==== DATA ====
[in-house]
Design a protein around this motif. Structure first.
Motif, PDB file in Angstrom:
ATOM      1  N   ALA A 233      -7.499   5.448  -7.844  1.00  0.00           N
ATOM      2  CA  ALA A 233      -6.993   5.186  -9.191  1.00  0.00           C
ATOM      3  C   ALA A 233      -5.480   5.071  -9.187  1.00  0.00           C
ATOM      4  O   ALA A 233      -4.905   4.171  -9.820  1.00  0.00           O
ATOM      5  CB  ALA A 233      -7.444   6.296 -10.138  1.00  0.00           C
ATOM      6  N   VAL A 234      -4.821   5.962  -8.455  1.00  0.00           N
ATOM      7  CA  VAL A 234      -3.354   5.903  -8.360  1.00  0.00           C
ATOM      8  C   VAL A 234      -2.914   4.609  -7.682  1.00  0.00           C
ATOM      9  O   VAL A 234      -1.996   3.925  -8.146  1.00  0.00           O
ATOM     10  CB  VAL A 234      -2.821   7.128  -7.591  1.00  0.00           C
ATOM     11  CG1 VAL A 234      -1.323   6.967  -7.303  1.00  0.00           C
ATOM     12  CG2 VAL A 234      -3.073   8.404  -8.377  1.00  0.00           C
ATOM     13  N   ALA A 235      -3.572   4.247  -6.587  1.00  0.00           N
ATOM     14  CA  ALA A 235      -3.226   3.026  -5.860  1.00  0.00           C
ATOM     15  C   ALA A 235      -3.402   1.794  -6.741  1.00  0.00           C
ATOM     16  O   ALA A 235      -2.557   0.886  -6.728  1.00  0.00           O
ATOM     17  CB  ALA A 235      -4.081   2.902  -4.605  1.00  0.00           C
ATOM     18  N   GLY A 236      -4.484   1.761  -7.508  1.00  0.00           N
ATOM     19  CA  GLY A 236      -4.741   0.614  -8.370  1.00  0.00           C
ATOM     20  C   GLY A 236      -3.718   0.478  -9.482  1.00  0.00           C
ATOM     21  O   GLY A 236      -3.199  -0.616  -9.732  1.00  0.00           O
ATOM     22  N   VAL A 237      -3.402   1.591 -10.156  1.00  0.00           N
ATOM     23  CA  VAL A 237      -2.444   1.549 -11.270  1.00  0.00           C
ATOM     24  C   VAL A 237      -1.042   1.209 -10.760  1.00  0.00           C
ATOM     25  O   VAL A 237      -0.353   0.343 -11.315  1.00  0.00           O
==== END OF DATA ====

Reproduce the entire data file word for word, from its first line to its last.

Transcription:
[in-house]
Design a protein around this motif. Structure first.
Motif, PDB file in Angstrom:
ATOM      1  N   ALA A 233      -7.499   5.448  -7.844  1.00  0.00           N
ATOM      2  CA  ALA A 233      -6.993   5.186  -9.191  1.00  0.00           C
ATOM      3  C   ALA A 233      -5.480   5.071  -9.187  1.00  0.00           C
ATOM      4  O   ALA A 233      -4.905   4.171  -9.820  1.00  0.00           O
ATOM      5  CB  ALA A 233      -7.444   6.296 -10.138  1.00  0.00           C
ATOM      6  N   VAL A 234      -4.821   5.962  -8.455  1.00  0.00           N
ATOM      7  CA  VAL A 234      -3.354   5.903  -8.360  1.00  0.00           C
ATOM      8  C   VAL A 234      -2.914   4.609  -7.682  1.00  0.00           C
ATOM      9  O   VAL A 234      -1.996   3.925  -8.146  1.00  0.00           O
ATOM     10  CB  VAL A 234      -2.821   7.128  -7.591  1.00  0.00           C
ATOM     11  CG1 VAL A 234      -1.323   6.967  -7.303  1.00  0.00           C
ATOM     12  CG2 VAL A 234      -3.073   8.404  -8.377  1.00  0.00           C
ATOM     13  N   ALA A 235      -3.572   4.247  -6.587  1.00  0.00           N
ATOM     14  CA  ALA A 235      -3.226   3.026  -5.860  1.00  0.00           C
ATOM     15  C   ALA A 235      -3.402   1.794  -6.741  1.00  0.00           C
ATOM     16  O   ALA A 235      -2.557   0.886  -6.728  1.00  0.00           O
ATOM     17  CB  ALA A 235      -4.081   2.902  -4.605  1.00  0.00           C
ATOM     18  N   GLY A 236      -4.484   1.761  -7.508  1.00  0.00           N
ATOM     19  CA  GLY A 236      -4.741   0.614  -8.370  1.00  0.00           C
ATOM     20  C   GLY A 236      -3.718   0.478  -9.482  1.00  0.00           C
ATOM     21  O   GLY A 236      -3.199  -0.616  -9.732  1.00  0.00           O
ATOM     22  N   VAL A 237      -3.402   1.591 -10.156  1.00  0.00           N
ATOM     23  CA  VAL A 237      -2.444   1.549 -11.270  1.00  0.00           C
ATOM     24  C   VAL A 237      -1.042   1.209 -10.760  1.00  0.00           C
ATOM     25  O   VAL A 237      -0.353   0.343 -11.315  1.00  0.00           O